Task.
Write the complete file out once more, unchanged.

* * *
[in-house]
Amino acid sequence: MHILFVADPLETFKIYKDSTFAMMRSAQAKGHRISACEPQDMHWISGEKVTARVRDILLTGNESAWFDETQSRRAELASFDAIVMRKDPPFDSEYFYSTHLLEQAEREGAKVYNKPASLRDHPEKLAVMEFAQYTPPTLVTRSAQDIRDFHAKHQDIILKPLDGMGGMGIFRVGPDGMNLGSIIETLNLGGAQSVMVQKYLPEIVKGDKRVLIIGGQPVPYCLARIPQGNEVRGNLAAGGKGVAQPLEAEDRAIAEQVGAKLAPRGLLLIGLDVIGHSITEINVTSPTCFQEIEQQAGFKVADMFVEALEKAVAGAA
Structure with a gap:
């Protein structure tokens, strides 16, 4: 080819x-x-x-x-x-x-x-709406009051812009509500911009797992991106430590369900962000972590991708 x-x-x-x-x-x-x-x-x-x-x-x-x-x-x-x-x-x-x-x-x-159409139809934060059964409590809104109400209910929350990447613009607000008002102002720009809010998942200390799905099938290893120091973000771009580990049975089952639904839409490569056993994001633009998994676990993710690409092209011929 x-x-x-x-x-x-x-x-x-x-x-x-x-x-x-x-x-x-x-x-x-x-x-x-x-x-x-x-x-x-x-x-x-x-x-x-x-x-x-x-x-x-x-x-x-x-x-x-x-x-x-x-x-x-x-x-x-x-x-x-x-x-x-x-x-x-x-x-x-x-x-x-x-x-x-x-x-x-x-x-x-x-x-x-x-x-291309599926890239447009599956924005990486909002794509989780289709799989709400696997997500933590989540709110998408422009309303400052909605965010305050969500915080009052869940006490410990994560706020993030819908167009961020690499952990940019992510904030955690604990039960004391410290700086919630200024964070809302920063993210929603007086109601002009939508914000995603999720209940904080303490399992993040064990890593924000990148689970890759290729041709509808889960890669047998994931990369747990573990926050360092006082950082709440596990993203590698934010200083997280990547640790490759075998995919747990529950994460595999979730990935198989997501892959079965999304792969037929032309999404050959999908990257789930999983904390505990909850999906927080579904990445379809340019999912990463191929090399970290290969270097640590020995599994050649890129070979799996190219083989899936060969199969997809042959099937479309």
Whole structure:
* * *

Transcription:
[in-house]
Amino acid sequence: MHILFVADPLETFKIYKDSTFAMMRSAQAKGHRISACEPQDMHWISGEKVTARVRDILLTGNESAWFDETQSRRAELASFDAIVMRKDPPFDSEYFYSTHLLEQAEREGAKVYNKPASLRDHPEKLAVMEFAQYTPPTLVTRSAQDIRDFHAKHQDIILKPLDGMGGMGIFRVGPDGMNLGSIIETLNLGGAQSVMVQKYLPEIVKGDKRVLIIGGQPVPYCLARIPQGNEVRGNLAAGGKGVAQPLEAEDRAIAEQVGAKLAPRGLLLIGLDVIGHSITEINVTSPTCFQEIEQQAGFKVADMFVEALEKAVAGAA
Structure with a gap:
């Protein structure tokens, strides 16, 4: 080819x-x-x-x-x-x-x-709406009051812009509500911009797992991106430590369900962000972590991708 x-x-x-x-x-x-x-x-x-x-x-x-x-x-x-x-x-x-x-x-x-159409139809934060059964409590809104109400209910929350990447613009607000008002102002720009809010998942200390799905099938290893120091973000771009580990049975089952639904839409490569056993994001633009998994676990993710690409092209011929 x-x-x-x-x-x-x-x-x-x-x-x-x-x-x-x-x-x-x-x-x-x-x-x-x-x-x-x-x-x-x-x-x-x-x-x-x-x-x-x-x-x-x-x-x-x-x-x-x-x-x-x-x-x-x-x-x-x-x-x-x-x-x-x-x-x-x-x-x-x-x-x-x-x-x-x-x-x-x-x-x-x-x-x-x-x-291309599926890239447009599956924005990486909002794509989780289709799989709400696997997500933590989540709110998408422009309303400052909605965010305050969500915080009052869940006490410990994560706020993030819908167009961020690499952990940019992510904030955690604990039960004391410290700086919630200024964070809302920063993210929603007086109601002009939508914000995603999720209940904080303490399992993040064990890593924000990148689970890759290729041709509808889960890669047998994931990369747990573990926050360092006082950082709440596990993203590698934010200083997280990547640790490759075998995919747990529950994460595999979730990935198989997501892959079965999304792969037929032309999404050959999908990257789930999983904390505990909850999906927080579904990445379809340019999912990463191929090399970290290969270097640590020995599994050649890129070979799996190219083989899936060969199969997809042959099937479309």
Whole structure: